New ACSU general manager Sawani to use preventive vigilance

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Mumbai, Nov 8 (UNI) Ravi Sawani was today named as the new general manager and chief investigator of International Cricket Council's anti-corruption and security unit (ASCU) here.

The Chief Executive Officer of the ICC, Malcolm Speed, addressing mediapersons here today, said that cricket has been dogged by the issue of corruption since 2000 and ''we have been able to stay ahead of it, for which we need the right persons at the right places and Sawani fits the role perfectly''.

Speed further said that Sawani will take over from Jeff Rees who will be retiring after holding the post since the inception of the ACSU in 2000. Sawani will begin his role in Dubai next week and, along side ACSU chairman Lord Condon, will work with three investigators and five regional security managers, the ICC chief executive added.

Speed said that Sawani who has worked with distinction in the Indian Police Service and the Central Bureau of Investigation which looked into the match fixing cases, will bring a fresh perspective to the job.

The fifty seven-year-old Sawani, speaking on the occasion, said that the best way to keep the game clean and corruption-free will be preventive vigilance which will include educating the people in the game.

He further said, ''Since the match fixing days of 1999-2000, the game has come a long way and the ICC has more or less been able to control all aspects of the game. I am sure we would be able to get on top of corruption and rid the game of this scourge.'' Mr Speed, speaking on the developments in the Marlon Samuels case, said that the ICC has a process in place in which the code of Conduct Committee, after studying the case, allows the member board to which the player belongs conduct an inquiry themselves. The report of that inquiry is then submitted to the ICC whose Code of Conduct Committee has a sitting and studies, reports and suggests what action is to be taken, he said.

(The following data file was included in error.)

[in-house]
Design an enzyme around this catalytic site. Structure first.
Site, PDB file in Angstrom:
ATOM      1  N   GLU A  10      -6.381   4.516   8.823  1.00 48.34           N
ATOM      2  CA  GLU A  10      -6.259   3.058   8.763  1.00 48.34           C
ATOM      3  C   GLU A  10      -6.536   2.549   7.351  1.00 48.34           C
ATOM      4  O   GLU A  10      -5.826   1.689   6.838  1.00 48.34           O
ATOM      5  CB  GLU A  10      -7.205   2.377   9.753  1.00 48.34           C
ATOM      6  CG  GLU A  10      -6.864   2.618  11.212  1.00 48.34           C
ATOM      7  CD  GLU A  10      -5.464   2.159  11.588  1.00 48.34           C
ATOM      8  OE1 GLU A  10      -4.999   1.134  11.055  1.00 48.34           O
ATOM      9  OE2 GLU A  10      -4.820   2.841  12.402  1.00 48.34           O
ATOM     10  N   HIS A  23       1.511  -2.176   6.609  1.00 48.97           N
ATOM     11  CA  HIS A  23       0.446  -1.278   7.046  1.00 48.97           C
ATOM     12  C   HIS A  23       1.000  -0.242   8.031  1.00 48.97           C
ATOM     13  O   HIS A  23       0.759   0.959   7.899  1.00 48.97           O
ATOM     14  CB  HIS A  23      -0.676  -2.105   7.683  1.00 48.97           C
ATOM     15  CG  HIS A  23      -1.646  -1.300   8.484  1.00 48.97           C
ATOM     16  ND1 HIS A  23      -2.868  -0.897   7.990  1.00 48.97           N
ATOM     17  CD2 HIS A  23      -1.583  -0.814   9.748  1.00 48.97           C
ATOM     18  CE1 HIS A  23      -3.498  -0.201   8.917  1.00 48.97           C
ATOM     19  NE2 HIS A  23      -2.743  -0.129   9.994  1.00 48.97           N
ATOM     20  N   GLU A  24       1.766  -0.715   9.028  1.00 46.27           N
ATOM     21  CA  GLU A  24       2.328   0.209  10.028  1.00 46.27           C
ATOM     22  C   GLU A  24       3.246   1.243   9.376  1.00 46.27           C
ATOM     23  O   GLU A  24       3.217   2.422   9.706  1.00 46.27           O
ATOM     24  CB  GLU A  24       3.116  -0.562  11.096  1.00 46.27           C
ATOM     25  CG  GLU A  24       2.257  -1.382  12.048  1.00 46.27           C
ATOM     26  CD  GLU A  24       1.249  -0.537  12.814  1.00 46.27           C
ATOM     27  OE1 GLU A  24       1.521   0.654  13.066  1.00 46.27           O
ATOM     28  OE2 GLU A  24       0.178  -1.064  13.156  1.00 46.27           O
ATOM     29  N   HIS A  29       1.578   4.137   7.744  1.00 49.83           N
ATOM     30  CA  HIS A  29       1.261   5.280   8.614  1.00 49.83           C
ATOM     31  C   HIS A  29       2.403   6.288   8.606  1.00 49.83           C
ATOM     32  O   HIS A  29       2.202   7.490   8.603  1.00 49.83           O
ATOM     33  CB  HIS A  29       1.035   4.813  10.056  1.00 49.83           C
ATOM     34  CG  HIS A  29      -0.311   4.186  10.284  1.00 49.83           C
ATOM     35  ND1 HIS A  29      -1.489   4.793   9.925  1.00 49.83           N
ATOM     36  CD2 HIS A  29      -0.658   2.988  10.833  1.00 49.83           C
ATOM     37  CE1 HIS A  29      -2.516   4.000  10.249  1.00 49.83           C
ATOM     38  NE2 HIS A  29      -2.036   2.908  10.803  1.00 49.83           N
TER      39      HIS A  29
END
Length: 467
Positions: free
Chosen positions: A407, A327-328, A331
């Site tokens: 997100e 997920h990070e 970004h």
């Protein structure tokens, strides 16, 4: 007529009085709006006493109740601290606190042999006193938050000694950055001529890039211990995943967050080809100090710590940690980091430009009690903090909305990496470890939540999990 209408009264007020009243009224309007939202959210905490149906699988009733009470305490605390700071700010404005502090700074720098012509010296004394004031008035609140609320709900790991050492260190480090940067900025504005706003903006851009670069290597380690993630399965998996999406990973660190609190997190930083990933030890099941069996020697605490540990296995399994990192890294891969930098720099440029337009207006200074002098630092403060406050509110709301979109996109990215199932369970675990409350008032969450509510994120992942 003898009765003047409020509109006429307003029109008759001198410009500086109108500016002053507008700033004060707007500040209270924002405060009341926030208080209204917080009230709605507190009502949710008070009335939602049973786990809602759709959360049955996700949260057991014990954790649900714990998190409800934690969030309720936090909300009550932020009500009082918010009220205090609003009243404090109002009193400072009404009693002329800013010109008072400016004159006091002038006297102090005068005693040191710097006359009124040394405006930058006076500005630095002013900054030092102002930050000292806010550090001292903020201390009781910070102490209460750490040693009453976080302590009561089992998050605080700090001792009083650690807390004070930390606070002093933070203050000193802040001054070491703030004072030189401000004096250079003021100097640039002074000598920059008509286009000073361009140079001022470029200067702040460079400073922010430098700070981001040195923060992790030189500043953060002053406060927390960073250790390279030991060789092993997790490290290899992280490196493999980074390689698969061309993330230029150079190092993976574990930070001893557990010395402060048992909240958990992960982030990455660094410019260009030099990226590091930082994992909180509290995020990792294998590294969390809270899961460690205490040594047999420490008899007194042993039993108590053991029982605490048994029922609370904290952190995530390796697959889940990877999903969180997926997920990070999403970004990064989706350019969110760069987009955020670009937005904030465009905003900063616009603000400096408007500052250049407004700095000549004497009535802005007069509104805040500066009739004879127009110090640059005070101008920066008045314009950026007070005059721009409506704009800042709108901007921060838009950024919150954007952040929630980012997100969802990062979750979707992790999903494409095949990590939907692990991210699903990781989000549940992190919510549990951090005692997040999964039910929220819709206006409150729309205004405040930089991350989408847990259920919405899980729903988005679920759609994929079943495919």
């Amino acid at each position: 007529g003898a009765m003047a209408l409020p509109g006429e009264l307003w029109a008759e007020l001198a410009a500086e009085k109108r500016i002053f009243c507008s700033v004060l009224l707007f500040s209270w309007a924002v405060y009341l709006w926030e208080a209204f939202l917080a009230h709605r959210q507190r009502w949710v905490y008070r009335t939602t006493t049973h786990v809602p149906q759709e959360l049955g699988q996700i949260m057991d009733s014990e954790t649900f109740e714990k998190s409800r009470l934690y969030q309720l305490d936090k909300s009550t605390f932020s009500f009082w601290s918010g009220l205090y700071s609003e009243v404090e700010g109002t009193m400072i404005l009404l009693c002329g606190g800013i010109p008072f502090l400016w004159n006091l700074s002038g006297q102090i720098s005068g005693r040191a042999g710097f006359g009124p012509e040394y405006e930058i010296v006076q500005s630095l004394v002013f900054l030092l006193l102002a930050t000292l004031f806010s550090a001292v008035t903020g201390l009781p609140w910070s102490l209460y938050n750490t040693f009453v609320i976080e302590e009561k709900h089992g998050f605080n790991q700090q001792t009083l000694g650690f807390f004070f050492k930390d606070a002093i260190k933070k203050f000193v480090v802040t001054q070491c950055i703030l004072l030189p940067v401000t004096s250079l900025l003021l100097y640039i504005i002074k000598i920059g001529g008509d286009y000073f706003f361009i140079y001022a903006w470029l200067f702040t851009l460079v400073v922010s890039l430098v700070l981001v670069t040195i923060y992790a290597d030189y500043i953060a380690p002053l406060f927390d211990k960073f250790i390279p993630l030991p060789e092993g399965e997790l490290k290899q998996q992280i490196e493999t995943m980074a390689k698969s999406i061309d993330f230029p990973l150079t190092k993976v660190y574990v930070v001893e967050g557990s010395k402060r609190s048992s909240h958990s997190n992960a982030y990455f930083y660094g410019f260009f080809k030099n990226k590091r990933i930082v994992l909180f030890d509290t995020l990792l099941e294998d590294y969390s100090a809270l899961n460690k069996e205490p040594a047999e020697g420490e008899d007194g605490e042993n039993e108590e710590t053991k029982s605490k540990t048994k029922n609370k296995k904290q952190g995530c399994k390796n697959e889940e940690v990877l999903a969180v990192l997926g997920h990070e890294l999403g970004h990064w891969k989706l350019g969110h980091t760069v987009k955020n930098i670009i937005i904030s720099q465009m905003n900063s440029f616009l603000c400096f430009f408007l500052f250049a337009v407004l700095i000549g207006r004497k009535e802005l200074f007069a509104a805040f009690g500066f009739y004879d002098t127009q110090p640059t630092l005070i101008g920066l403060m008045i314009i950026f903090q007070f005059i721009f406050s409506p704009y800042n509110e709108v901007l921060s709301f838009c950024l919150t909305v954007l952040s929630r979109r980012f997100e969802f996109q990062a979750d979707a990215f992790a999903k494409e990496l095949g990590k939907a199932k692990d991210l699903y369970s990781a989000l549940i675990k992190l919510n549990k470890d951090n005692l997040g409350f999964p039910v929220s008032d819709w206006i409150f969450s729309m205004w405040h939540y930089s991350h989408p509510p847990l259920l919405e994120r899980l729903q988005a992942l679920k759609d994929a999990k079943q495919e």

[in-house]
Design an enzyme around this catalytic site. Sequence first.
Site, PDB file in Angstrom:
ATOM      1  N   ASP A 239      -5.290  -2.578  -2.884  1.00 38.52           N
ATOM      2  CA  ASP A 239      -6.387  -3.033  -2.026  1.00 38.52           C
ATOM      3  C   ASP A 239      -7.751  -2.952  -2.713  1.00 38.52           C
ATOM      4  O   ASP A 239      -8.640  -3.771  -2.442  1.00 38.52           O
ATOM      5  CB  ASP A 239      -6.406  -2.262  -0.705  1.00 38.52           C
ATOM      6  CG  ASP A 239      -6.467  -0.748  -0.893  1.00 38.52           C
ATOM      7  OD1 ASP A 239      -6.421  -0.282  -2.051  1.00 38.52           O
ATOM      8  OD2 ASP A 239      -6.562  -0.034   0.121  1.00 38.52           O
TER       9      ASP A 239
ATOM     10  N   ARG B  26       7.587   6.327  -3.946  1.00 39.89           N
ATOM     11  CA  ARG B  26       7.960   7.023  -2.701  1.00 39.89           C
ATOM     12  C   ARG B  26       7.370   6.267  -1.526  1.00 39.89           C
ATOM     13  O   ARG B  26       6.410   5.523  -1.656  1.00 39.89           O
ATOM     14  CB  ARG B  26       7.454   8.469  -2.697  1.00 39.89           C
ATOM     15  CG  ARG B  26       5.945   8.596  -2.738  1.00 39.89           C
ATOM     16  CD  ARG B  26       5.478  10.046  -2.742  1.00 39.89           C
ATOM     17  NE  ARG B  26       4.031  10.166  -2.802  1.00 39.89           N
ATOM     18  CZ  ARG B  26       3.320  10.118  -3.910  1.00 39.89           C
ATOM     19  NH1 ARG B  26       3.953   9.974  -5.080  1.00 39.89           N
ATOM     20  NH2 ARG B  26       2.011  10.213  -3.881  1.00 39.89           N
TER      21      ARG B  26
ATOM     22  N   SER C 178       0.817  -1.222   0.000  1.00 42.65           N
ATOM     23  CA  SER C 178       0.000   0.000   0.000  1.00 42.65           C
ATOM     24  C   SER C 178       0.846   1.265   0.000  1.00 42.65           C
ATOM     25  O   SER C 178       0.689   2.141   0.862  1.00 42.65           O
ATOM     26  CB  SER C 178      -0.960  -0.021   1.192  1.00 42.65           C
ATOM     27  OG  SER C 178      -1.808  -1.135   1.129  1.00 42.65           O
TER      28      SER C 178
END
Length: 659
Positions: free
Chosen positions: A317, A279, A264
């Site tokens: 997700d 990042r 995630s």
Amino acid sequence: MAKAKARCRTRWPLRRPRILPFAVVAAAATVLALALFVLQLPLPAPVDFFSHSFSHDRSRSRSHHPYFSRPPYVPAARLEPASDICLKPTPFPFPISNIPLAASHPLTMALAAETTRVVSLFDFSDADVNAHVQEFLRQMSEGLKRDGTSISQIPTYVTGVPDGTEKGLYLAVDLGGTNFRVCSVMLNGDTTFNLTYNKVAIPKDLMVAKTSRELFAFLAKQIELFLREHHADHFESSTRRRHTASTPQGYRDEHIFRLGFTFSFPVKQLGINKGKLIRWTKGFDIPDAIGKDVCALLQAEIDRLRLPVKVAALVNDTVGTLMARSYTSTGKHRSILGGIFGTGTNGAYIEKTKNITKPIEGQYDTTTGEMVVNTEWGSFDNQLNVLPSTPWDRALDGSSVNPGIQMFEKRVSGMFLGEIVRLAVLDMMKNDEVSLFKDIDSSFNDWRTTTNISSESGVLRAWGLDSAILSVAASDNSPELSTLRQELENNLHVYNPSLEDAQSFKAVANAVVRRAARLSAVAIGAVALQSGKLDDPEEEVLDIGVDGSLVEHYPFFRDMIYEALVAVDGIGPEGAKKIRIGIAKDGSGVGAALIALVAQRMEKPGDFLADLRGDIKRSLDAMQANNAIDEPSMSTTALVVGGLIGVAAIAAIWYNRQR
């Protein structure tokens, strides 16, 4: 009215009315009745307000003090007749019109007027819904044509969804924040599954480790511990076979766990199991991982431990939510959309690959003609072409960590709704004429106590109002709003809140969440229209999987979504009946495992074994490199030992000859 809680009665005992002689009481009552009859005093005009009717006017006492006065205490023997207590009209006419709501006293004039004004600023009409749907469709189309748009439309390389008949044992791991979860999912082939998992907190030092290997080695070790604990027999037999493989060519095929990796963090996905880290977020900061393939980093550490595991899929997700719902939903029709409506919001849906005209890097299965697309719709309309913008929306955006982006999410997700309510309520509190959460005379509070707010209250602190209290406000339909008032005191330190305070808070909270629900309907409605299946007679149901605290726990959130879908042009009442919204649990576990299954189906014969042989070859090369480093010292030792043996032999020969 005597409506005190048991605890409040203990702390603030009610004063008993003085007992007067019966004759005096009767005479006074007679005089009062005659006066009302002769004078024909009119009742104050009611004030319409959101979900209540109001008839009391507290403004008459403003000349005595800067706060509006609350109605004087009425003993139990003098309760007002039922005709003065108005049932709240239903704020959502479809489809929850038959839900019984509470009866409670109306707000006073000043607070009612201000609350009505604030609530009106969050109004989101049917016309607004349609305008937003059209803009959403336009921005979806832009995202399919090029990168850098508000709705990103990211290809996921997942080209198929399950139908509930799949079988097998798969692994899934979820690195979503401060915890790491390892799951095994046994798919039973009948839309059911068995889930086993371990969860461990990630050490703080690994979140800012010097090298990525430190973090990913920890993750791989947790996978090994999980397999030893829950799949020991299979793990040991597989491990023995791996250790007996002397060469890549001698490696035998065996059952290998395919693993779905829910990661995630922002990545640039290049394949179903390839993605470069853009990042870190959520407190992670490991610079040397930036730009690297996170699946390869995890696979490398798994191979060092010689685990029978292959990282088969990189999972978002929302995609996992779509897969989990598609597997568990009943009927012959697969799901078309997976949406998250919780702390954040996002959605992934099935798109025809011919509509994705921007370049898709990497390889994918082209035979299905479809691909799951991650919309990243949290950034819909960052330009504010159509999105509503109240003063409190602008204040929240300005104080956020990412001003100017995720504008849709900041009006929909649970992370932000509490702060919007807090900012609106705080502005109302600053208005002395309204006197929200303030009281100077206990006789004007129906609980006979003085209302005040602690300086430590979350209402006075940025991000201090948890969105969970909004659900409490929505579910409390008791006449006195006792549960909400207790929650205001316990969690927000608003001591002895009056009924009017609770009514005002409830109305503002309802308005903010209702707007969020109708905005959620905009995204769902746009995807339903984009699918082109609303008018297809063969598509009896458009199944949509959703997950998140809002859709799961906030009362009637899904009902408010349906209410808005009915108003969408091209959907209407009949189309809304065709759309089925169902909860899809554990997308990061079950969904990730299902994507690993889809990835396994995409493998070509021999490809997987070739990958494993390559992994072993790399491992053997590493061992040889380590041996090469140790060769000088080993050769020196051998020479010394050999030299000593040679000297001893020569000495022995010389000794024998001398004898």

''The same thing has happened in the Samuels case and the West Indies cricket board has been asked to conduct an inquiry after which the report will come to the ICC who will then study the report and take a decision. However, Samuels will be able to play cricket till the time ICC decides on whether he is guilty or not,'' he added.

Replying to a question on whether the appointment of an Indian to this job was indicative of the ICC view that corruption exists the most in India, Speed said they have tried to get the synergy with Lord Paul Condon representing the old world of cricket, that is England, and Sawani the new world of cricket (India) so that the ICC can get the best of both worlds and address this issue as best as they can.

UNI

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